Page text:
This post contains links that, if you click on them and make a purchase, will earn me money. Regardless, I only recommend products or services that I believe will be good for my readers. Thanks for helping me continue to produce great content!
It’s 72º outside right now in the Boonies! Can grilling season be far behind???
If you’re a vegetarian, or object to hunting in general, you might want to click away now. This post isn’t for you. I do eat meals that are vegetarian fairly often. In fact, I did so last night! So please, stop back by soon if you’re interested in recipes.This particular one that I’m posting today won’t be for you, however.
Now to those of you are made a bit squeamish by hunting, will it help you to know that I am, too? I really don’t have any desire to do it, and it makes me sad to think about it. On the other hand, I will say this: we eat what my dear husband hunts. And, personally, since I do eat meat, I would rather eat meat from an animal that has led a happy life up till the moment he leaves this life. So, as a consequence of being married to a hunter, I’ve had to come up with some recipes for using this meat, and over the years, I have developed more than one.
The Big Bison (my husbyman) loves to hunt with his best hunting buddy, Steve, and together they have trudged through the hills of Tennessee, and the mountains of Colorado, in search of deer, elk, duck, and turkey. They’ve had plenty of successful hunts, too, and the contents of my freezer testify to that fact. But their friendship has been just as much a mentoring relationship, where my husband has been blessed to have been encouraged by a man who is not only a seasoned hunter, but an excellent husband and father as well. We feel mighty blessed to know Steve, and his wonderful wife, Annie. Just wanted to insert a little paragraph letting them know how appreciative we are of not only the meat in our freezer, but for the deep impact they have both had on our lives.
Now, with that aside, I’ll progress onward to the recipe. I’ve gone through about 3 versions of my recipe for “hamburgers” but I believe I have finally found burger nirvana with this one. I have borrowed heavily from the Barefoot Contessa’s recipe for burgers, but I assure you that mine has a significant difference: bacon! (Yay!!!!)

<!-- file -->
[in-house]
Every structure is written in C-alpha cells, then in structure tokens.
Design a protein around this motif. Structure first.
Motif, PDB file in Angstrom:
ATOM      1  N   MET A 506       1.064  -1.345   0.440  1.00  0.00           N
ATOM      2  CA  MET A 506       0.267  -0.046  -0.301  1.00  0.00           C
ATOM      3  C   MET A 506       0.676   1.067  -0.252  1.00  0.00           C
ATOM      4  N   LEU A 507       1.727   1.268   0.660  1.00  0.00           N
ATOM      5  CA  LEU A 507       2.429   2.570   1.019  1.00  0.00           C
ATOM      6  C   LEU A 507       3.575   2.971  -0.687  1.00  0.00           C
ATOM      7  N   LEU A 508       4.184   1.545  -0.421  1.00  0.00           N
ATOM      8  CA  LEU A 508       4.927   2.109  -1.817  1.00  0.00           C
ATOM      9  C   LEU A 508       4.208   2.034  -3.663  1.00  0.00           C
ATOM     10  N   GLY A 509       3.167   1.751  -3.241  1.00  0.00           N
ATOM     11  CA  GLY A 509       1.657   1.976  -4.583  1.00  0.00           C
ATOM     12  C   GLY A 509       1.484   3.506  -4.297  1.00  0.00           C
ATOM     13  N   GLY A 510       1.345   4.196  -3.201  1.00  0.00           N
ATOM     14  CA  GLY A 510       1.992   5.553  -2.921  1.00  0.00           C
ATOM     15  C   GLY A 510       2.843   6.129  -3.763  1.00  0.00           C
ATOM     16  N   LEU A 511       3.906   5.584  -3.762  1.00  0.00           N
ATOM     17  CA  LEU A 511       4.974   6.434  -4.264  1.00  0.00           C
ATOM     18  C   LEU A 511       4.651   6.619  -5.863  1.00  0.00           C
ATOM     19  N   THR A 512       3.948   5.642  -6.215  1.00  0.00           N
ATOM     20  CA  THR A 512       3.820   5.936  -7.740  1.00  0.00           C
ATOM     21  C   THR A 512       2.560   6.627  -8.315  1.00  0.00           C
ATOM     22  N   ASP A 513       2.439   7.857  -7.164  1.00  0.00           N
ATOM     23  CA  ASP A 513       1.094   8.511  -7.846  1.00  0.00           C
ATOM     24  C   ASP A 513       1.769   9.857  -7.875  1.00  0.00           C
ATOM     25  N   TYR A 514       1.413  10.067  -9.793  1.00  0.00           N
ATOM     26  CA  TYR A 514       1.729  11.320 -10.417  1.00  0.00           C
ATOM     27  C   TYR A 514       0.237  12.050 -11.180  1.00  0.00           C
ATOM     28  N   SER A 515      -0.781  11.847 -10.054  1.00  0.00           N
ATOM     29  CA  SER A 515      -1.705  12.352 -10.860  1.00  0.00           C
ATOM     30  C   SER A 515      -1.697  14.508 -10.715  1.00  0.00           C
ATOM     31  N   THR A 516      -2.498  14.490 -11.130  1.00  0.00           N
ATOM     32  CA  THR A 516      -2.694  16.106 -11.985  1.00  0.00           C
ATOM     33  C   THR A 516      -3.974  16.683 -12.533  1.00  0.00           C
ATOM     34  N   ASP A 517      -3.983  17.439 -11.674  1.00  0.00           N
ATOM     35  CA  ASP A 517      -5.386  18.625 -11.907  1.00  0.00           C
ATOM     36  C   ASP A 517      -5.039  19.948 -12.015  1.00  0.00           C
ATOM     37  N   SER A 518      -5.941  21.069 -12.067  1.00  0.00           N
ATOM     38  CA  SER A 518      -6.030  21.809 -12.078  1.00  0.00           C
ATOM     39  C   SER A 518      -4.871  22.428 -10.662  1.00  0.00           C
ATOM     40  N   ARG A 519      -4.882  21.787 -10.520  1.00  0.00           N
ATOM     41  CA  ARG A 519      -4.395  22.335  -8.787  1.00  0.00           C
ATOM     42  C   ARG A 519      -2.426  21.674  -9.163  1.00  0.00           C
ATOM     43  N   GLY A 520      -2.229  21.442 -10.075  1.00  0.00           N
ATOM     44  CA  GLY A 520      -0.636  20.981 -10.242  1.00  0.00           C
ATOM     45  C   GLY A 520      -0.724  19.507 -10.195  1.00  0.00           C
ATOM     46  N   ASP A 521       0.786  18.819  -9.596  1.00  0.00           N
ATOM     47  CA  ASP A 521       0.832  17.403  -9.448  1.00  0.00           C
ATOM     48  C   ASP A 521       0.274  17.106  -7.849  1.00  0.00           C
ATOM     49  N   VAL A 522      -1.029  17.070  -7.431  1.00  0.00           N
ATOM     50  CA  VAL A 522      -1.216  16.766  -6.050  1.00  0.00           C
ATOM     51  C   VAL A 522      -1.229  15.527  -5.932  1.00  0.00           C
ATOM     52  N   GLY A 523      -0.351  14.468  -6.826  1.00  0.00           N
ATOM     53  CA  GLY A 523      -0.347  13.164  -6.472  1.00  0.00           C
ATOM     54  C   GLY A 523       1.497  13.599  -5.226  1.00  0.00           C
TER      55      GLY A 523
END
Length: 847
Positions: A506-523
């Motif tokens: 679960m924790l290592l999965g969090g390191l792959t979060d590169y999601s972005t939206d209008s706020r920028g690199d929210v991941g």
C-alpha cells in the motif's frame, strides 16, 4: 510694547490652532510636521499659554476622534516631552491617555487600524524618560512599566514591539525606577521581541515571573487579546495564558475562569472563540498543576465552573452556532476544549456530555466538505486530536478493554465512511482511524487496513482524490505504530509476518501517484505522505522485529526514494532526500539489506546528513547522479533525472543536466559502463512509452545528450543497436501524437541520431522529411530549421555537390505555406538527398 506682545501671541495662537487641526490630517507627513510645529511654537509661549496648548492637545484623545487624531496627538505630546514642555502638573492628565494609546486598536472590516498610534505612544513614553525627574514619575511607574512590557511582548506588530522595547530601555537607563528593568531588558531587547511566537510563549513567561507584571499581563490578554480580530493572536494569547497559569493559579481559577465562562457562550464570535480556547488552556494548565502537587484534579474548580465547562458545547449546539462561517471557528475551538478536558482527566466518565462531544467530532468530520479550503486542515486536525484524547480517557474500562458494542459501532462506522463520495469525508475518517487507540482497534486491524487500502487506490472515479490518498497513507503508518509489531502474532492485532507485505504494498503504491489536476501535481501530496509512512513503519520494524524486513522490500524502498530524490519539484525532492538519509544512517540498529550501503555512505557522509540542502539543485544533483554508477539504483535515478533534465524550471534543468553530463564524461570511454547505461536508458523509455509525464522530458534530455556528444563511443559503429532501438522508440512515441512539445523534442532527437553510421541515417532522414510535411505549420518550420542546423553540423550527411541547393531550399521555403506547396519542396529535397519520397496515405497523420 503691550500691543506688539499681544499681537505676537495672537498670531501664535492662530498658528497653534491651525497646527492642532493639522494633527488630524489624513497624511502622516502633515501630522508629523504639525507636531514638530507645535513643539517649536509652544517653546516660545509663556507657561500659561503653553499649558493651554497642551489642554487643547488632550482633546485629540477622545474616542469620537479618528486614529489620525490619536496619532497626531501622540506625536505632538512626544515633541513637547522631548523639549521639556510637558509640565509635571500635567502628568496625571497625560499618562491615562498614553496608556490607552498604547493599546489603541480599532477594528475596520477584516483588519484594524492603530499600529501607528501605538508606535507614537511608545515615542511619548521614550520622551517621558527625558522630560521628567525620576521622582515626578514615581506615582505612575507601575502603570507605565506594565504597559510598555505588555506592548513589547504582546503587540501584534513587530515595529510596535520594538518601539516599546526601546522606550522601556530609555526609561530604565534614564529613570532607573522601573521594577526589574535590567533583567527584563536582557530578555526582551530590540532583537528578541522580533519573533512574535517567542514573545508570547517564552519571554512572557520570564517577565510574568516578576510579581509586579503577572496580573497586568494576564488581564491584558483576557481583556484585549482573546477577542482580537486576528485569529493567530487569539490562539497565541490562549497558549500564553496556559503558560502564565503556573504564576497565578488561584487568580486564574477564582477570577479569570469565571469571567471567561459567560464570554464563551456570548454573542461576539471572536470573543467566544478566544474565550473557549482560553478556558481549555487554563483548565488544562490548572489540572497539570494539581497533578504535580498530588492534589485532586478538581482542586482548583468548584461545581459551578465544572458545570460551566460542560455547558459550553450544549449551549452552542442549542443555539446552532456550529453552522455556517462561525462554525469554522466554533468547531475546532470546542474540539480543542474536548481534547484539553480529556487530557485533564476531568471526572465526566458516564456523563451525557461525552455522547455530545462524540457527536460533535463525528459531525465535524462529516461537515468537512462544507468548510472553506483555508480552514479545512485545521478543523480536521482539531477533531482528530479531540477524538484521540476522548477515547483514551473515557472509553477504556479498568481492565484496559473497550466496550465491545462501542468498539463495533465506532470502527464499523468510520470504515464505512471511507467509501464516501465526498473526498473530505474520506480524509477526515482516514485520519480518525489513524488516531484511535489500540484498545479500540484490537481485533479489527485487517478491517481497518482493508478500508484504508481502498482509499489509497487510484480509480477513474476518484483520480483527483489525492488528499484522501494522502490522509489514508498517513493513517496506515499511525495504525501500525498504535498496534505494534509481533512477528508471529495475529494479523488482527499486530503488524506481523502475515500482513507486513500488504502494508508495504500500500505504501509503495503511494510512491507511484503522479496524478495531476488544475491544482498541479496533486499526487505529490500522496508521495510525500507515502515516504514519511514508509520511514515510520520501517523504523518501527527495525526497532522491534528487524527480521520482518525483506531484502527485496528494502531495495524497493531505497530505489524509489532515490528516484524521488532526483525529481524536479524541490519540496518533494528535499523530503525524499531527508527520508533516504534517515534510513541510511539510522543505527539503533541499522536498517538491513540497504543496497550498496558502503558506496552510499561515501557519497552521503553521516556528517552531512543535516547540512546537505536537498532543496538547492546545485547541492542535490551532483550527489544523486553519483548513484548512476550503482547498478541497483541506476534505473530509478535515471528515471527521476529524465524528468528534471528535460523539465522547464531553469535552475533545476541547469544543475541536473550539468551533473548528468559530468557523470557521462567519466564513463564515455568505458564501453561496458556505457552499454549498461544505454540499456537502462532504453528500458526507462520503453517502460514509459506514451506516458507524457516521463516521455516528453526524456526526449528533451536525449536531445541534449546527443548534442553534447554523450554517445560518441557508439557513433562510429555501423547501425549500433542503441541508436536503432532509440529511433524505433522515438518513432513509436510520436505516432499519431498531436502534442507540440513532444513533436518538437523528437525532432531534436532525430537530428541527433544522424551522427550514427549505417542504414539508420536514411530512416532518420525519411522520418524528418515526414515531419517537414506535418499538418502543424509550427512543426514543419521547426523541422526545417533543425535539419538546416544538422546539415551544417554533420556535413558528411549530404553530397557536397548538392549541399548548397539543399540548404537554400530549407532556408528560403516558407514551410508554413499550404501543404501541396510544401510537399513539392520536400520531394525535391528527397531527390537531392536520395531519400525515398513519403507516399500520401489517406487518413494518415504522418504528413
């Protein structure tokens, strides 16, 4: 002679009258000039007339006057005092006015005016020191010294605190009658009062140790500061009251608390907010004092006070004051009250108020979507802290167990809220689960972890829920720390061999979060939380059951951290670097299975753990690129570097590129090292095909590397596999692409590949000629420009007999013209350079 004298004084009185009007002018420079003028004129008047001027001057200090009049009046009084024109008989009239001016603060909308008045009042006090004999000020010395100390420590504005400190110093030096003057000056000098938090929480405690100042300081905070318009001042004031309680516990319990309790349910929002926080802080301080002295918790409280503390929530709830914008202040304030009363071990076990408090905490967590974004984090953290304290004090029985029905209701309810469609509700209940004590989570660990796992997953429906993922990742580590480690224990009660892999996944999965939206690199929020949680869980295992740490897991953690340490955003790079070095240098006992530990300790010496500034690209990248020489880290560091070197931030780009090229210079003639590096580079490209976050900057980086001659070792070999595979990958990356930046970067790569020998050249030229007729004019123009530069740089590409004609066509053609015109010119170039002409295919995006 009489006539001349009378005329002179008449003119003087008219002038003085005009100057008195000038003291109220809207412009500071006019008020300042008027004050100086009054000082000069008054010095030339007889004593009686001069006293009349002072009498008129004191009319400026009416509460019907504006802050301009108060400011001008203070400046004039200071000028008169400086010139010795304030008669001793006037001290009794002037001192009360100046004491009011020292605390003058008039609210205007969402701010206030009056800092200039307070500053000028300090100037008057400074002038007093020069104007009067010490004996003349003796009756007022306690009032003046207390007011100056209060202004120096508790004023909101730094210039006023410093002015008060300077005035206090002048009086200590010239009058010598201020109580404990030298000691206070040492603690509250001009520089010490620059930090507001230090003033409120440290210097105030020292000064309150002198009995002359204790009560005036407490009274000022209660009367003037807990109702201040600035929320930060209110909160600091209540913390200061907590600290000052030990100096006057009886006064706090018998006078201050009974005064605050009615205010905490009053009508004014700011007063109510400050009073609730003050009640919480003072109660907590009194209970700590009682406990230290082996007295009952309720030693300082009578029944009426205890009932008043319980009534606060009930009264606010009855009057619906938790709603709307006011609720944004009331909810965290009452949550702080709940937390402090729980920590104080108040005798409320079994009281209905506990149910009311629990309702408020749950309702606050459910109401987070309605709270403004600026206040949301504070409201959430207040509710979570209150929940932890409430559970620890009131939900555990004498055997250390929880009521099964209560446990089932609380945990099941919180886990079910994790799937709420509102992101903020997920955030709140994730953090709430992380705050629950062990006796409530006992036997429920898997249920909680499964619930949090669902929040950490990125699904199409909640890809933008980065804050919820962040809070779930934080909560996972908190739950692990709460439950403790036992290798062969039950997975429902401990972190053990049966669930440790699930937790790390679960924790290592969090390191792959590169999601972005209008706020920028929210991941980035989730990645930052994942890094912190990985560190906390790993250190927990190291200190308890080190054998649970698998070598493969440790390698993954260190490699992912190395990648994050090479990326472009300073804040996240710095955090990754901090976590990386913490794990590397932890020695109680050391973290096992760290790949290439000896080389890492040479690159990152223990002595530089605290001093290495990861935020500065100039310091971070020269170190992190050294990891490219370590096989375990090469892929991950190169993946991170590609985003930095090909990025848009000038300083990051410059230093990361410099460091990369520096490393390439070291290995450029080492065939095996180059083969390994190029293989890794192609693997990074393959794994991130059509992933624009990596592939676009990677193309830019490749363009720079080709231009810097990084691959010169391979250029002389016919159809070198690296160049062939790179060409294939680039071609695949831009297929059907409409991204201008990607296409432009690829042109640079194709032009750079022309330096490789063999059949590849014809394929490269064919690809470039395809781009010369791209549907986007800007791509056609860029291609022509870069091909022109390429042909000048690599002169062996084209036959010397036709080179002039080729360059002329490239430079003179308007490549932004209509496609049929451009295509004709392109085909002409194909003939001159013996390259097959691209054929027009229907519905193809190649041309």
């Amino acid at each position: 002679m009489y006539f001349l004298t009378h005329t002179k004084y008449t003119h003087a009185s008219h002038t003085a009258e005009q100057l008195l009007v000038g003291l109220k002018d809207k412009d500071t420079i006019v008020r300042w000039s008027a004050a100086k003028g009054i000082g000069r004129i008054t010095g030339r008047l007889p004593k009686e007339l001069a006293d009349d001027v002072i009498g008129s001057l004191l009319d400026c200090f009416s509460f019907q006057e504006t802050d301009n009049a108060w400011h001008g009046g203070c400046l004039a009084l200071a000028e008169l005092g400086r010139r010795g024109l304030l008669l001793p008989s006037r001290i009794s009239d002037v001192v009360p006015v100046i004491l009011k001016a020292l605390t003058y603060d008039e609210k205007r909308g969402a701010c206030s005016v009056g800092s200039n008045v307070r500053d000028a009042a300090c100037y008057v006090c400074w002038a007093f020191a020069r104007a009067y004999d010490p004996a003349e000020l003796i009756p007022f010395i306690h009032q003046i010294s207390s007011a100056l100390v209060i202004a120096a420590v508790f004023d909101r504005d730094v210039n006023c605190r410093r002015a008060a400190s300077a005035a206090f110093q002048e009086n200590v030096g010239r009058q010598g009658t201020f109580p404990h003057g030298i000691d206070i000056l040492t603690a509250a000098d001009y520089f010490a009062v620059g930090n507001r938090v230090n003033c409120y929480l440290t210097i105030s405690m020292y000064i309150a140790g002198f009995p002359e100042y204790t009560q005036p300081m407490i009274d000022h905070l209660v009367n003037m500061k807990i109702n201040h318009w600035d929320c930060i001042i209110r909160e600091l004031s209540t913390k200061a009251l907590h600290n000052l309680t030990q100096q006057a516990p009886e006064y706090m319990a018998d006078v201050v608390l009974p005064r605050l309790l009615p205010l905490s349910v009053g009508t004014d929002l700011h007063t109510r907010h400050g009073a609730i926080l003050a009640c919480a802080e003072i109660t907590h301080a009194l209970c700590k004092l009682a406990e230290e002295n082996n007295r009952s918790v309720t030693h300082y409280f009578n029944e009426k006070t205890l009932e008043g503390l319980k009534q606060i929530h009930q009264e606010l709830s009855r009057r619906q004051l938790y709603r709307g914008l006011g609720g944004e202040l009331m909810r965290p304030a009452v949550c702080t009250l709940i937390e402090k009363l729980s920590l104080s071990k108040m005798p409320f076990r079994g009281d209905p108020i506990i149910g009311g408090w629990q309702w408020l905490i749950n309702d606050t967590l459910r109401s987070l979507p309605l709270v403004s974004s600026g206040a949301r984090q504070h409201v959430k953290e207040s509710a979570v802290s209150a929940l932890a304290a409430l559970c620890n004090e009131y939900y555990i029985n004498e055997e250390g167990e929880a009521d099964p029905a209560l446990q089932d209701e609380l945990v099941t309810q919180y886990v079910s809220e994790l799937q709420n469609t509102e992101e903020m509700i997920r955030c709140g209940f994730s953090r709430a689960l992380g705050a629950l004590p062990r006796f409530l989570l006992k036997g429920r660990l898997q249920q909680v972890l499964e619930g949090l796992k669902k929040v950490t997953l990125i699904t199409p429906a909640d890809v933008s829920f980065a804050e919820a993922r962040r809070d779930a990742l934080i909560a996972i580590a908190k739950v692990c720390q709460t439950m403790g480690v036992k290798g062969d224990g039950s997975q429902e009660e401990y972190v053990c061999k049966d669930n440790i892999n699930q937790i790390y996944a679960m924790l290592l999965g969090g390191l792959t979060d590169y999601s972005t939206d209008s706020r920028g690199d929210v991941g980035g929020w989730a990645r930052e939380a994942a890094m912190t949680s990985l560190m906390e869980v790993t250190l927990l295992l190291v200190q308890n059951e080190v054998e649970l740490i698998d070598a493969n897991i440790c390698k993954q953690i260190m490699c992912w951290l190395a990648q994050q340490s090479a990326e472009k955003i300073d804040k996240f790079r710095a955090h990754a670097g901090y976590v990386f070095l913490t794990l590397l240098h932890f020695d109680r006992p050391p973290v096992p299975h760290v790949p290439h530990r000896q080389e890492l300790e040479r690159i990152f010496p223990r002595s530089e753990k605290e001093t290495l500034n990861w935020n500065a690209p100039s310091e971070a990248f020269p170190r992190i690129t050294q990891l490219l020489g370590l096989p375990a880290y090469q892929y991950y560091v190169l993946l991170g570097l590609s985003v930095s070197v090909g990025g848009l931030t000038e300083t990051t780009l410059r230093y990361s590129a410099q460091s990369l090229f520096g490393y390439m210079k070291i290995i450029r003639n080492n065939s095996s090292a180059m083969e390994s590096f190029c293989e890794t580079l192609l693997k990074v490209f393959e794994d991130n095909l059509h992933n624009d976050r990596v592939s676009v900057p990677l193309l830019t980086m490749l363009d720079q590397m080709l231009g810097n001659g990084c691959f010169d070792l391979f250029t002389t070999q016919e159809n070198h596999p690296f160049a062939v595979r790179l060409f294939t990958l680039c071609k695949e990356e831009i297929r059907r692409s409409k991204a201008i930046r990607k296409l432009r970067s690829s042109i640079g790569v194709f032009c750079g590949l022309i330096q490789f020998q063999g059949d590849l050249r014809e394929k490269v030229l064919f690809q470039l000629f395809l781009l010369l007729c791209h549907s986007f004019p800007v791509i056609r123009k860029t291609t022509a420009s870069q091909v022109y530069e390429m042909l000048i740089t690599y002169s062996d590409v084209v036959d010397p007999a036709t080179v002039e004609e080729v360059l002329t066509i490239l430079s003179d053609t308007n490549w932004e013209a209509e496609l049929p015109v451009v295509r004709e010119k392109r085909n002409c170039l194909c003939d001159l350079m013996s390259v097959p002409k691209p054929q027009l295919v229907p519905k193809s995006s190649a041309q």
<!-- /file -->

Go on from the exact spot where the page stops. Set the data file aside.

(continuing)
This recipe can be used for beef, venison, or elk, but I would only add the bacon if you are using venison or elk, which are both extremely lean meats. (If you were using super lean beef, I guess you could.)
DO NOT MISS OUT ON THE CARAMELIZED ONION RECIPE THAT FOLLOWS: it will push your burger plum over the top into the heavenlies.
Alternatively, if you’re trying to cut the fat, you can do what we did here, which is grill onions, peppers, and portobello mushrooms that have been tossed with a tablespoon of olive oil, salt, and pepper. And yes, those are Bambi Bratwurst grilling on the side.
|Brats, Burgers & Veggies Grillin’ in the Boonies|
- Prep Time: 20 min
- Serves: 6 servings
- 2 pounds ground venison, elk, or low fat beef
- 2 slices uncooked bacon, minced (cut up into teeny pieces)
- 1 tablespoon Dijon mustard
- 2 tablespoons good olive oil, plus extra for brushing the grill
- 1 teaspoon kosher salt
- 1 teaspoon freshly ground black pepper
- Caramelized Onions, recipe follows
Place the meat in a large bowl and add the mustard, olive oil, salt, and pepper. Mix gently with a fork to combine, taking care not to compress the ingredients. Shape the meat into 6 (3 1/2-inch) patties of equal size and thickness.
When the grill is medium-hot, brush the grill grate with oil to keep the burgers from sticking. Place the burgers on the grill and cook for 4 minutes. Using a big spatula, turn the burgers and cook for another 3 to 4 minutes, until medium-rare or more, or cook longer if you prefer hamburgers more well done.
I like to toast my hamburger buns on the grill briefly, and then top each burger and then with a heaping tablespoon of caramelized onions, and maybe a squirt of barbecue sauce. Serve hot.
- 2 tablespoons good olive oil
- 2 tablespoons unsalted butter
- 2 pounds yellow onions, peeled and sliced in half-rounds
- 1/2 teaspoon fresh thyme leaves
- 2 tablespoons sherry wine vinegar (you could substitute balsamic)
- 1 teaspoon kosher salt
- 1/2 teaspoon freshly ground black pepper
Yield: 6 servings